A note promising a series of murders until D.C. sniper Lee Boyd Malvo is released from prison was found beneath the body of a slain pregnant woman in her Brooklyn, N.Y., apartment over the weekend, adding a disturbing twist to a gruesome crime. But criminal profilers say they are skeptical of the killer's professed identification with the series of shootings that terrorized the D.C. area 10 years ago.
A New York Police Department spokesman said police are taking seriously a message that read, "I will kill 1 pregnant woman a month starting now until Lee Boyd Malvo is set free!" But officials would not elaborate on the investigation into the stabbing death of 38-year-old Vindalee Smith, and the death of her 8 1/2-month-old unborn son.
Police found Miss Smith in her apartment in a pool of blood on Saturday. Her throat had been slashed.
Friends and family told police that Miss Smith had planned on getting married Sunday.
The victim was due to marry Anthony Jackman. It was unclear whether Mr. Jackman was the father of the unborn baby. He is still married to another woman, according to reports, and was questioned by police. He remains a person of interest.
Criminal profiler and 25-year FBI veteran Clinton R. Van Zandt said police should consider the possibility of serial killings to avoid overlooking any clues, but the investigation should be two-pronged.
"The note, the way it's written, how it's written, that has more of trying to make police look left and I'm going to run right. This woman, like most women in her situation, was the victim of someone they knew," Mr. Van Zandt said.
It would not be the first time a killer has attempted to mislead investigators by citing high-profile crimes.
In 2008, the body of pregnant Army Spc. Megan Lynn Touma was found in a hotel bathtub in Fayetteville, N.C. Scrawled on the bathroom mirror in lipstick was a symbol made famous during the 1960s by the California "Zodiac" serial killer, and prior to her body being found, a letter was sent to the local newspaper signed with similar "Zodiac" symbols.
Edgar Patino, then 27, the father of the unborn child who served with Touma at Fort Bragg, was arrested on charges related to her killing. Police also linked him to the letter.
Louis B. Schlesinger, professor of forensic psychology at John Jay College of Criminal Justice in New York, said that a study of more than 200 domestic homicides found that about 19 percent of them are staged.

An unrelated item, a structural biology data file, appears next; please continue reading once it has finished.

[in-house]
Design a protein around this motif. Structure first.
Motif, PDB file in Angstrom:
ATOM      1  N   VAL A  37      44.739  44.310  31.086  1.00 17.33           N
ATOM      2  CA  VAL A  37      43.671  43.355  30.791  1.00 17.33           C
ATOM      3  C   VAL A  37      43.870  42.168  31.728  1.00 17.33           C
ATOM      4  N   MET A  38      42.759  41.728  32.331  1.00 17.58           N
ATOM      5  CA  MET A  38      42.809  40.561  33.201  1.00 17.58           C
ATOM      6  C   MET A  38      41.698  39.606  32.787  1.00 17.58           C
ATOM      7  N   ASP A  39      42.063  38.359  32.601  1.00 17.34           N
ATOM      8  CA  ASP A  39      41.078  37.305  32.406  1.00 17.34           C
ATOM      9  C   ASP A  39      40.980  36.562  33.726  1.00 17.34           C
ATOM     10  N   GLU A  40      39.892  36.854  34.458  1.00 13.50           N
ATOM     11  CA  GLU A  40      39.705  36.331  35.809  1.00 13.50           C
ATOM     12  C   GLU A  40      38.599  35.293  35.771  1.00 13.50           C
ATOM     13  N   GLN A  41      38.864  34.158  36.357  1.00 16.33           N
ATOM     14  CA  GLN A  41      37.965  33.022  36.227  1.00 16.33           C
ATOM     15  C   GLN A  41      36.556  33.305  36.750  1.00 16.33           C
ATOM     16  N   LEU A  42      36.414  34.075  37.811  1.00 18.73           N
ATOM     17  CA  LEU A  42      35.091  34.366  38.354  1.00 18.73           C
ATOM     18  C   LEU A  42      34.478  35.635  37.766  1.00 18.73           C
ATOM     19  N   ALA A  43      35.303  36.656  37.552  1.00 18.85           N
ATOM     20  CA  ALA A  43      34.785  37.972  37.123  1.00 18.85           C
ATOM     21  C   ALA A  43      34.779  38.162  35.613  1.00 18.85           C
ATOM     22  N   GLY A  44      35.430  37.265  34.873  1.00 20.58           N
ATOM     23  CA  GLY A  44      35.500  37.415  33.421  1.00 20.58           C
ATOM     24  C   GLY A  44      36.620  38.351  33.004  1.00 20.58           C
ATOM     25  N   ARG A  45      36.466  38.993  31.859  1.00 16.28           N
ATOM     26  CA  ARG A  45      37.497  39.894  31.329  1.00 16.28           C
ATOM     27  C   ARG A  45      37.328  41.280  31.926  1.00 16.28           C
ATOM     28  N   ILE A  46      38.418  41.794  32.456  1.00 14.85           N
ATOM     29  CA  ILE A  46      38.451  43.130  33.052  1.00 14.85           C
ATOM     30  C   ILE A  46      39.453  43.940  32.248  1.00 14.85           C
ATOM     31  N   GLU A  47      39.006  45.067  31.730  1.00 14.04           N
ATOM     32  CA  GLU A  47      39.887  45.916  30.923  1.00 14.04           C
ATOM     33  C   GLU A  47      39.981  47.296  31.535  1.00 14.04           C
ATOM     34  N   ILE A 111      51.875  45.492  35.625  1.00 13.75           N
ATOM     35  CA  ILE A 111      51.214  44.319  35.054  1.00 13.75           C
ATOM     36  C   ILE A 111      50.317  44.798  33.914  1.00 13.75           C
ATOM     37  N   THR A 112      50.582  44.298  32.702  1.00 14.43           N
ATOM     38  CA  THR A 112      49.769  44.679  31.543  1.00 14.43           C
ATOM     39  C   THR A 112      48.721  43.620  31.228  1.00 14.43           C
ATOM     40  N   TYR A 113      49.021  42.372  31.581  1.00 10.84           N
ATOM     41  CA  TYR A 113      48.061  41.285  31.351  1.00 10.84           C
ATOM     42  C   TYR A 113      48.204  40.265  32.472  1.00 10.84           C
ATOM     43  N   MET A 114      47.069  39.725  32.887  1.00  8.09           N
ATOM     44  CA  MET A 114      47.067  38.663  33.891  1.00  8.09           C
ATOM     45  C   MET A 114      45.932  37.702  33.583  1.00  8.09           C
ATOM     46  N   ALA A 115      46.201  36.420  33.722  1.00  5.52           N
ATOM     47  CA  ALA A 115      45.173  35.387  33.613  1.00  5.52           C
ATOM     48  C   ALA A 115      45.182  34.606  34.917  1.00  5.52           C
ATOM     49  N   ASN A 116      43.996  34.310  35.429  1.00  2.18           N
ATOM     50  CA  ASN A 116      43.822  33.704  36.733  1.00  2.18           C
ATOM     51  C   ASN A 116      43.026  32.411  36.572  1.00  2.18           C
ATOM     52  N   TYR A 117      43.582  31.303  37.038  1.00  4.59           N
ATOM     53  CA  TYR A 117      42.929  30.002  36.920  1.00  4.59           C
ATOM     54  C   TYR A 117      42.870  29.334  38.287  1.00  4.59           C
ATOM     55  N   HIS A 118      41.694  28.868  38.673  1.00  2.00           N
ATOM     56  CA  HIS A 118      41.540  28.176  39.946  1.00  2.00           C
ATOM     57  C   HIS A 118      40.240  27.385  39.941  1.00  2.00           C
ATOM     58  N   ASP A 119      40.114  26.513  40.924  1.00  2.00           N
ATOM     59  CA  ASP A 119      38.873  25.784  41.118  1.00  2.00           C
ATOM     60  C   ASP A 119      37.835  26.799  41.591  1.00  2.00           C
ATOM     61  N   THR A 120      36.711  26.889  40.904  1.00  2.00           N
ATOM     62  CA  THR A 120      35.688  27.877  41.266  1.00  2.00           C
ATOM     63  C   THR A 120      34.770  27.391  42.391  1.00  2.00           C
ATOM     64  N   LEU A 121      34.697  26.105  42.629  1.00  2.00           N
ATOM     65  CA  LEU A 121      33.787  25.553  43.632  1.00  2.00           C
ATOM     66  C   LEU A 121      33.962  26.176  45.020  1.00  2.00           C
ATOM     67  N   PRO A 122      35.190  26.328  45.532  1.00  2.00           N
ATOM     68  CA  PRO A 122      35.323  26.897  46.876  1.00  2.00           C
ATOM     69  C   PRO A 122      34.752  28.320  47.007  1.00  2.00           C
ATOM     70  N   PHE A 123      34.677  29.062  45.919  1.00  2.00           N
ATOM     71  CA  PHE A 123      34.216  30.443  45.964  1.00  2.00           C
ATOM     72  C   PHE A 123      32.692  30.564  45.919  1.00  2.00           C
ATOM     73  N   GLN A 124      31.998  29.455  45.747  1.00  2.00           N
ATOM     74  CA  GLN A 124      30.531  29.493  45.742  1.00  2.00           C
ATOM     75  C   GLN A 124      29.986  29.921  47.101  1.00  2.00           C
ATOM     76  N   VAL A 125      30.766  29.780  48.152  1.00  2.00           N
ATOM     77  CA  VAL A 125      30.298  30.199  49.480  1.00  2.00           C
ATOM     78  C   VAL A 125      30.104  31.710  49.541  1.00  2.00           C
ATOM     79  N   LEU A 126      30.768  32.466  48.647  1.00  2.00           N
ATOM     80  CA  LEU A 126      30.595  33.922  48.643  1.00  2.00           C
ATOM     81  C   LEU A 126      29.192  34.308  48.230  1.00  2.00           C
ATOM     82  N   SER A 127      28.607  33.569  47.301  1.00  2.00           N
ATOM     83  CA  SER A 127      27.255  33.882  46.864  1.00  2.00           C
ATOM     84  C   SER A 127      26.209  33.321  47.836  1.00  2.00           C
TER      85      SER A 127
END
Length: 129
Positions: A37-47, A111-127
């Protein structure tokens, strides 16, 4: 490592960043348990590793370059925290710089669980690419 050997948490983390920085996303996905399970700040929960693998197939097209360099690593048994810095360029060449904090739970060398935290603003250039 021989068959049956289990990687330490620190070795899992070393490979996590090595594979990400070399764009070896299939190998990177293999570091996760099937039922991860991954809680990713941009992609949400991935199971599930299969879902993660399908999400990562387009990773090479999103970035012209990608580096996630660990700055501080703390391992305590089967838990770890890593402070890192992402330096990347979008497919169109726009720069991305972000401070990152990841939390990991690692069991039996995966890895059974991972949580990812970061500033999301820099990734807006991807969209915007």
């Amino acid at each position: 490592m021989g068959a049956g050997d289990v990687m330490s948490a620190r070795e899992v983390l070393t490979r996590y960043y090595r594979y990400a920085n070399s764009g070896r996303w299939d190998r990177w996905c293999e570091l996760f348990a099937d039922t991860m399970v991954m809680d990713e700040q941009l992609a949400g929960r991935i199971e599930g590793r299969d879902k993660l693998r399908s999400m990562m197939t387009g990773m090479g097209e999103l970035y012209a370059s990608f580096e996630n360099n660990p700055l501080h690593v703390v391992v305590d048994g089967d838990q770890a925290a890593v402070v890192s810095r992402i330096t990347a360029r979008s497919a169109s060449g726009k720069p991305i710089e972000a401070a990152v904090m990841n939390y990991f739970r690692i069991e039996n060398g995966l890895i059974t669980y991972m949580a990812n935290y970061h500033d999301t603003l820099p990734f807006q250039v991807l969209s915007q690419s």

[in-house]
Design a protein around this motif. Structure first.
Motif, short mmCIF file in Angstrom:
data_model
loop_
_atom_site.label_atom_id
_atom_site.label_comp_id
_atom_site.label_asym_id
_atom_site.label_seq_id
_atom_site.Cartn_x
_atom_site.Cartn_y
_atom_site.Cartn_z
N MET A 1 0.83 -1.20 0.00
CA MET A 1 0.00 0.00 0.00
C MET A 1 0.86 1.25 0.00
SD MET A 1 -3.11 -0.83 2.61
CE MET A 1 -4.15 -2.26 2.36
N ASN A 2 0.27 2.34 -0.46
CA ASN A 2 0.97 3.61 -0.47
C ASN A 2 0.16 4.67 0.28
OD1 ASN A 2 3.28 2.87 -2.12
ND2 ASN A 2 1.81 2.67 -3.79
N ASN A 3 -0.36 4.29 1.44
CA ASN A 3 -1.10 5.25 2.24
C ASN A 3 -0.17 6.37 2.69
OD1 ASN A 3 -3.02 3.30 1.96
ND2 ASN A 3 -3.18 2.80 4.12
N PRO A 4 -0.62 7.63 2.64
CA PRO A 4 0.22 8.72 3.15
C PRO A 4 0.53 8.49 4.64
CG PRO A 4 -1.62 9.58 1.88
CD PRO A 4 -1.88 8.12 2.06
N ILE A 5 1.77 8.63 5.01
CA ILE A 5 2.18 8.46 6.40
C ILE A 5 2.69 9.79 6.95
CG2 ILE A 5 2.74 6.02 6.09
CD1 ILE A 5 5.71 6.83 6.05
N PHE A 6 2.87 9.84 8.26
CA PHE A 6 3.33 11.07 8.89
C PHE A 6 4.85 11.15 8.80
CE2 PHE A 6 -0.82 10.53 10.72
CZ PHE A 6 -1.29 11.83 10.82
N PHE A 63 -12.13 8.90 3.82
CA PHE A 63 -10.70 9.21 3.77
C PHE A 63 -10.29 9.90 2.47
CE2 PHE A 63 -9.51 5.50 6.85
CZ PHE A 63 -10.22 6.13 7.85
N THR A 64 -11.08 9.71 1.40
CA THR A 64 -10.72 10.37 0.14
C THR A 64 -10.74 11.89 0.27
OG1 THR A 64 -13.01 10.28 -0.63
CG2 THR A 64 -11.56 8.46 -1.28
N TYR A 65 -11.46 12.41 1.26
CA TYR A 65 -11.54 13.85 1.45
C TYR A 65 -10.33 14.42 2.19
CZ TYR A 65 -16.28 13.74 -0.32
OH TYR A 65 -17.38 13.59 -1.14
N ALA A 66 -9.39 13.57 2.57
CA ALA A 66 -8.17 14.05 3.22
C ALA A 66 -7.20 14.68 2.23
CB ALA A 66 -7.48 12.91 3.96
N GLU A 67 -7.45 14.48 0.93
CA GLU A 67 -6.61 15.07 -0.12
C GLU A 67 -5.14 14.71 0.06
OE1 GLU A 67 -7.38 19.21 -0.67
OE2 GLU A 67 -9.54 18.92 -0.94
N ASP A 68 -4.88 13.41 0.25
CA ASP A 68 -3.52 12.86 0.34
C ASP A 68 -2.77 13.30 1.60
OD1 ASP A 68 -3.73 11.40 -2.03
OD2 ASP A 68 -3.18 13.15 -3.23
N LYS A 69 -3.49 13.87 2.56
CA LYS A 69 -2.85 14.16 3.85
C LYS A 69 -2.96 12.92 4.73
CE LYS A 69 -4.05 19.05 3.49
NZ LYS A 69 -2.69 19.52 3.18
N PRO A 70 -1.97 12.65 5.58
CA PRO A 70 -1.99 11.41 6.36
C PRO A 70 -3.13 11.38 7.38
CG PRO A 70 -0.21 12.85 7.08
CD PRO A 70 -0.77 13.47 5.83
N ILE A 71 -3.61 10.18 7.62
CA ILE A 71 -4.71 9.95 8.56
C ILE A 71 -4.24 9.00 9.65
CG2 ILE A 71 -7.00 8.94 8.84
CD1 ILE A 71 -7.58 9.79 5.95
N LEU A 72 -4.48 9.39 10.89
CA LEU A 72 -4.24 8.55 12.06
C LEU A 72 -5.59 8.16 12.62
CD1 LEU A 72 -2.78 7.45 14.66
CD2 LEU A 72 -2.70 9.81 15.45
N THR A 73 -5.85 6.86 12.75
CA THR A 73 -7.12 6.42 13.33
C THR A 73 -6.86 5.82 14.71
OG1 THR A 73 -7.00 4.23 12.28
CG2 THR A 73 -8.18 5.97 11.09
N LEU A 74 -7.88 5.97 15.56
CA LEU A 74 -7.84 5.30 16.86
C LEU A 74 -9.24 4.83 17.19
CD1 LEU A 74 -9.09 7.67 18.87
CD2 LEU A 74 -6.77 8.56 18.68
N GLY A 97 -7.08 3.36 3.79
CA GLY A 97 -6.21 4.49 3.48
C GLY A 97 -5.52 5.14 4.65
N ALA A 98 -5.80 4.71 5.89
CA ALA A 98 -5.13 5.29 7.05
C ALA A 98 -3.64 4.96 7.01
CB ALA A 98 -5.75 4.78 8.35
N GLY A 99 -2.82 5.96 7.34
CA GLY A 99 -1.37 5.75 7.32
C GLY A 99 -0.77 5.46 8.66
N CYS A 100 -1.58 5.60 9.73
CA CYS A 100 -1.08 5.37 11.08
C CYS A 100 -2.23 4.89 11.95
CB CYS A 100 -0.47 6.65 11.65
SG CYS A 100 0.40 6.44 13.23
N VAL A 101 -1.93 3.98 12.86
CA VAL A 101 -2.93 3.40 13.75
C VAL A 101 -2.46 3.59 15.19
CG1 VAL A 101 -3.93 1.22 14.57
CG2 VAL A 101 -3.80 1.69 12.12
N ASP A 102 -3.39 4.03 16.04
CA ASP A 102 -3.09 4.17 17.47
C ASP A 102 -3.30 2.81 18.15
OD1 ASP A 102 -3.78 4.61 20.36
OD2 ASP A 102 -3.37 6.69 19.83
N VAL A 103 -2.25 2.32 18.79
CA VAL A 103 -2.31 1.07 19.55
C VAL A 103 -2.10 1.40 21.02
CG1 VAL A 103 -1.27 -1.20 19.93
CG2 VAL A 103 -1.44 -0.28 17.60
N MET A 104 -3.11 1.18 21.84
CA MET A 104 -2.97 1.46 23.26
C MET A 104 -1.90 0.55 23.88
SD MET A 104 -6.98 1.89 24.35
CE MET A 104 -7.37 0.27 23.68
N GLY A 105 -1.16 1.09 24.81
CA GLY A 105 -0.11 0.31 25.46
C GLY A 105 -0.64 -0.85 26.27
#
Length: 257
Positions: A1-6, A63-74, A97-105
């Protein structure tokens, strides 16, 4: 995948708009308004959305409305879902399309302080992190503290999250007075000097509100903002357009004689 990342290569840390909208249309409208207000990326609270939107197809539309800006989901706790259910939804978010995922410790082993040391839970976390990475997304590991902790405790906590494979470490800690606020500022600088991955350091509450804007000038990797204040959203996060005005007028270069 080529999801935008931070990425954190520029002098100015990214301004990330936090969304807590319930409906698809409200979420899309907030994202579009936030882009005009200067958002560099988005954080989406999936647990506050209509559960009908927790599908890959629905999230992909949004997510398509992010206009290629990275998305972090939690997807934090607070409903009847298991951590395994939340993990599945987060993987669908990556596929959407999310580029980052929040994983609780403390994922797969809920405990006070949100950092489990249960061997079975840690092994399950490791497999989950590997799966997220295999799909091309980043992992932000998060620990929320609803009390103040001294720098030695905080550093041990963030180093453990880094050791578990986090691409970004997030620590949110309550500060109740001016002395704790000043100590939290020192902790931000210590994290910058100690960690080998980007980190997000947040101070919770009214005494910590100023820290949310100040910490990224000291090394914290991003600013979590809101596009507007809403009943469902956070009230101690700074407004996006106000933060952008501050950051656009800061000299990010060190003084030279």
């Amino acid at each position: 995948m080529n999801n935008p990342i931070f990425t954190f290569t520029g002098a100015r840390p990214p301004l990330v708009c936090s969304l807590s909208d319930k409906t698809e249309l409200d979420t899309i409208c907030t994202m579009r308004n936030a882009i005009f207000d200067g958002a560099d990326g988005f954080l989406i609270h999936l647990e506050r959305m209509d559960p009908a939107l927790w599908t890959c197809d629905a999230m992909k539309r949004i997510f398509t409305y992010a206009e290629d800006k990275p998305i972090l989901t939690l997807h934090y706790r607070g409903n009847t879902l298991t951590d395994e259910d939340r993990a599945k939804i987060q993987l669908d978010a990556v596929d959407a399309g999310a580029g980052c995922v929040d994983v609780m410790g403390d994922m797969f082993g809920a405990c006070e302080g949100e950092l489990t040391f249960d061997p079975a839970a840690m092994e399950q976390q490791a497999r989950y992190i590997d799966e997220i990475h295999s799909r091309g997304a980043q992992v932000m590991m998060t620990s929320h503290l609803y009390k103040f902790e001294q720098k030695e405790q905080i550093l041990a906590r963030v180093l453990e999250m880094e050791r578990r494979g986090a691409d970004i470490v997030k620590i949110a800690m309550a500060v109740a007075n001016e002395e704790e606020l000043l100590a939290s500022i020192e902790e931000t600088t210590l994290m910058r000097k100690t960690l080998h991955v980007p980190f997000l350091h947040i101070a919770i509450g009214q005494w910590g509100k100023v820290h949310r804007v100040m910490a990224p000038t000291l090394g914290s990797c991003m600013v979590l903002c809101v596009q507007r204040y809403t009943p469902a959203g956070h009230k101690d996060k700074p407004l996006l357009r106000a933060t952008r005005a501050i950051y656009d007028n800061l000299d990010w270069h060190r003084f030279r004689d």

"This strikes me as an example of crime-scene staging, where an individual tries to redirect the investigation away from himself because he's a logical suspect."
During the 2006 trial of sniper mastermind John Allen Muhammad, who was executed for his role in the crimes in 2009, Malvo testified that Muhammad instructed him to kill a pregnant woman. Malvo, a teenager at the time of the killing spree, told the court that he once had a pregnant woman at a fast-food restaurant in his gun sight but couldn't bring himself to pull the trigger. He is serving a life sentence at a southwest Virginia prison.
Paul LaRuffa, who owned a pizzeria in Prince George's County, was shot in 2002 by Malvo, who stole $3,500 and a laptop computer. The money was used to buy the Chevrolet Caprice from which the subsequent shootings took place.
Mr. LaRuffa said that while Miss Smith's death was terrible, as for the note, "I don't think I'm going to lose sleep over that."
"My first feeling is that it's somebody who's taking advantage of this more recent publicity," Mr. LaRuffa said. "If I had to guess, I don't think is guy or woman is associated with Malvo in any way. It's just picking something that's going to upset people and it could've been Malvo, it could have say any number of other people or other things that would be just as scary."
D.C.-based criminal profiler Pat Brown said the note and the killing don't seem to point to the work of a serial killer.
"Most likely we're talking about a bunch of bull," Ms. Brown said. The killer "just wants to throw police off track."
The fact the killer stabbed Miss Smith rather than shooting her like Malvo and Muhammad had discussed was also odd, Ms. Brown said.
"This would be a massive anomaly, somebody out there playing Hollywood games," Ms. Brown said. "I'm not buying it. That's not usually the way they [serial killers] work. But if it was something, we would probably have the most bizarre crime of the century."
© Copyright 2015 The Washington Times, LLC. Click here for reprint permission.